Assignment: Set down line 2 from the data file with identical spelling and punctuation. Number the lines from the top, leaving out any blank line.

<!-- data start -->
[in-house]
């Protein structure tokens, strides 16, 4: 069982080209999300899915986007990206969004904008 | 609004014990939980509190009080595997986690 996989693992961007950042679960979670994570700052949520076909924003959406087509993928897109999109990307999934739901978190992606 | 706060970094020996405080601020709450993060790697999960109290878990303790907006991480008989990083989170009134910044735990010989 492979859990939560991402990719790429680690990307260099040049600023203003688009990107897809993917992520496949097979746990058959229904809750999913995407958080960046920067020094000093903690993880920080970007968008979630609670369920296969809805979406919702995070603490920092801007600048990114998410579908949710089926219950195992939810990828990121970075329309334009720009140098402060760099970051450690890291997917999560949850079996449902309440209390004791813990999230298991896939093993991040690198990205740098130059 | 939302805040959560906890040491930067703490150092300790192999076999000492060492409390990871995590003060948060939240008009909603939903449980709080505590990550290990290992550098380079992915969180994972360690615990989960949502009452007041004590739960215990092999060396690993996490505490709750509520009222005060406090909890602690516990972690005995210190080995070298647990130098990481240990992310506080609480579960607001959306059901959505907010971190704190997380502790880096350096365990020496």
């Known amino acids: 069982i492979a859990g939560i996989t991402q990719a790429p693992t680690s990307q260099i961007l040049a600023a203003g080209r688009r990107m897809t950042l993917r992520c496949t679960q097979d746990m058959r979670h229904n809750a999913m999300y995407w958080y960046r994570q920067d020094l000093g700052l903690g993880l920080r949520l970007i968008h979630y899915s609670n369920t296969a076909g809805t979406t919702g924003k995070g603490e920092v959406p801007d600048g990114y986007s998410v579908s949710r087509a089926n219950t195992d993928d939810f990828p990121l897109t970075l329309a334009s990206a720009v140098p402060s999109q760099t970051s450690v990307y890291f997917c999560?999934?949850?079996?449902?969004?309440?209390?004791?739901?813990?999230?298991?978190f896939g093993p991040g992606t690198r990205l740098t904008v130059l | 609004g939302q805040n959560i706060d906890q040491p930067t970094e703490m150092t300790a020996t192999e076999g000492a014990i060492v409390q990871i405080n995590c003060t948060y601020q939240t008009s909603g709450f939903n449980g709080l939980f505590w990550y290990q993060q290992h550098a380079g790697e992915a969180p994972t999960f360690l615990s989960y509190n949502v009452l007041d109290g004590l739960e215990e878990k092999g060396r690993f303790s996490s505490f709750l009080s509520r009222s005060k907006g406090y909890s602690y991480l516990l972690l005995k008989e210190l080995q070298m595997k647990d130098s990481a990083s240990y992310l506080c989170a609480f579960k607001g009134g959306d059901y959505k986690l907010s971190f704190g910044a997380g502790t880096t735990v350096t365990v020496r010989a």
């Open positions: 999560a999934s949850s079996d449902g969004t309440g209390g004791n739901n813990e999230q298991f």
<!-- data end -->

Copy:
């Protein structure tokens, strides 16, 4: 069982080209999300899915986007990206969004904008 | 609004014990939980509190009080595997986690 996989693992961007950042679960979670994570700052949520076909924003959406087509993928897109999109990307999934739901978190992606 | 706060970094020996405080601020709450993060790697999960109290878990303790907006991480008989990083989170009134910044735990010989 492979859990939560991402990719790429680690990307260099040049600023203003688009990107897809993917992520496949097979746990058959229904809750999913995407958080960046920067020094000093903690993880920080970007968008979630609670369920296969809805979406919702995070603490920092801007600048990114998410579908949710089926219950195992939810990828990121970075329309334009720009140098402060760099970051450690890291997917999560949850079996449902309440209390004791813990999230298991896939093993991040690198990205740098130059 | 939302805040959560906890040491930067703490150092300790192999076999000492060492409390990871995590003060948060939240008009909603939903449980709080505590990550290990290992550098380079992915969180994972360690615990989960949502009452007041004590739960215990092999060396690993996490505490709750509520009222005060406090909890602690516990972690005995210190080995070298647990130098990481240990992310506080609480579960607001959306059901959505907010971190704190997380502790880096350096365990020496």